The Strategist

Growing demand for cobalt increases child labor risk

02/06/2018 - 11:20

Cobalt is silvery metal, used for the production of batteries for almost all modern electronics. Over the past two years, the price for cobalt has risen more than threefold. Investors buy cobalt in thousands of tons, and analysts predict that soon it will become a deficit. The problem is that 60 percent of this metal is mined in the Democratic Republic of the Congo, one of the poorest and most corrupt countries in the world, where child labor is used for the extraction of cobalt.

Image Journeys Sasha Lezhnev via flickr
Image Journeys Sasha Lezhnev via flickr
The consulting company CRU Group stated that by 2021 there will be almost four and a half million electric cars and hybrid cars in the world (there were a little more than a million of them in 2016). By 2040, according to the International Energy Agency, the number of electric vehicles in the world will grow to a minimum of 40 million.

Like other electronics, modern electric vehicles operate on lithium-ion batteries, for which cobalt is needed. At the same time, a battery in an electric car, of course, is much larger than that in a smartphone; its weight can exceed 500 kilograms. At that, a smartphone battery requires 10 grams of cobalt, but an electric car battery consumes an average of about 20 kilograms.

Investors had realized that automakers will soon need more cobalt - for example, Volkswagen wants to sell 400 thousand electric vehicles in two years and a half million - in seven years. After that, money began to flow into the cobalt. Thanks to investors' interest, cobalt began to rapidly rise in price. For two years, the price of a ton of cobalt on the London Stock Exchange of non-ferrous metals has more than tripled, from 22.5 thousand dollars to 75 thousand.

Every year about 120 thousand tons of cobalt are mined in the world. 60 percent of the production falls on the Democratic Republic of the Congo (DRC), one of the poorest and most corrupt countries in the world. The per capita GDP in the DRC is $ 466. At the same time, the country is ranked 156th out of 176 in the perception of corruption rating.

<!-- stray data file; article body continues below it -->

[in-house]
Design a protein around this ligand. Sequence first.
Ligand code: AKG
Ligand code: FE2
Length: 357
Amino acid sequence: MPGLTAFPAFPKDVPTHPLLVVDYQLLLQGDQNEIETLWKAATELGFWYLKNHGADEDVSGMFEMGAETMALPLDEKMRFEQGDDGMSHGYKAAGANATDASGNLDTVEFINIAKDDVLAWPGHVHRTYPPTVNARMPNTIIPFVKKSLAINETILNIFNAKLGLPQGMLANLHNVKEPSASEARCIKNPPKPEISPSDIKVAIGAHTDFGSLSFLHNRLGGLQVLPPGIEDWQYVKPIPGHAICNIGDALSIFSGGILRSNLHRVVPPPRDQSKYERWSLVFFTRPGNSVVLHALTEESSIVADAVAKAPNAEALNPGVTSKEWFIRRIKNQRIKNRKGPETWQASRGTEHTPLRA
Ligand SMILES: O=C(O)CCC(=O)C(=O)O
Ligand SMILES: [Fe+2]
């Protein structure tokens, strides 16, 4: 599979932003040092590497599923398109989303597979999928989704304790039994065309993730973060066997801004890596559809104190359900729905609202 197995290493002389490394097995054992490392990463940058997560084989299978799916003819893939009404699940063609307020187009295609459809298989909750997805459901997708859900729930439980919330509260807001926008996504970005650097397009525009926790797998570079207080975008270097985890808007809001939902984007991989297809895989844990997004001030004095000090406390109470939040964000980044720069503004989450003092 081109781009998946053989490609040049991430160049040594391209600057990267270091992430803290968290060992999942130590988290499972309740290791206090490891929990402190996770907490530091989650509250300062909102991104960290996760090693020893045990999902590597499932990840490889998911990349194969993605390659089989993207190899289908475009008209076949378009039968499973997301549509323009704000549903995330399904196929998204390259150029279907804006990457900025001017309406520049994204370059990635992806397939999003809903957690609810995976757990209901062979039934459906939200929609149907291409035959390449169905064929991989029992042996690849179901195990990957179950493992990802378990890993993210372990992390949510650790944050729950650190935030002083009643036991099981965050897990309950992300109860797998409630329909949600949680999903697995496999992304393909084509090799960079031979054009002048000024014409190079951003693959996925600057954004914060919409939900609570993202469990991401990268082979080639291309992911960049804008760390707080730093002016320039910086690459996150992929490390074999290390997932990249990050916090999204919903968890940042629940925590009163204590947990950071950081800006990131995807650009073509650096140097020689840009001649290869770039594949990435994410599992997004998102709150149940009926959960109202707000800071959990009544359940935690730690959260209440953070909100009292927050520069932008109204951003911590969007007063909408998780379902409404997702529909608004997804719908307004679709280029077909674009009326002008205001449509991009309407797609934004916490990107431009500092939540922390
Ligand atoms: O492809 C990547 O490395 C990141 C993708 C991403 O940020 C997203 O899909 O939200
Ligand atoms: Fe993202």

The unstable economy of the Congo forces experts to fear for the extraction of cobalt in the country; high risks also raise the price of metal. Cobalt reserves are found in other countries, but they are small: for example, Canada accounts for six percent of production, Australia – for four percent.

A significant part of the metal is mined in self-made mines in the south of the country. The miners work in narrow and long underground tunnels, using the simplest tools like a hammer; they handle and wash the rock by hand. Workers of self-made Congolese mines do not even wear basic protective equipment, although inhaling cobalt dust causes heart and lung diseases.

According to Amnesty International, there are 110 to 150 thousand miners in the Congo. UNICEF data for 2014 shows that about 40,000 of them were children (after cobalt began to rise in price, even more children went down to mines, says Amnesty International). Some of them are not older than four years old. The biggest part of them those are of school age, whose parents cannot pay for their studies. The working day of a child lasts an average of 12 hours, daily earnings fluctuate around one or two dollars. "This is one of the worst forms of child labor [in terms of harm to the health and safety of children]," Amnesty International believes.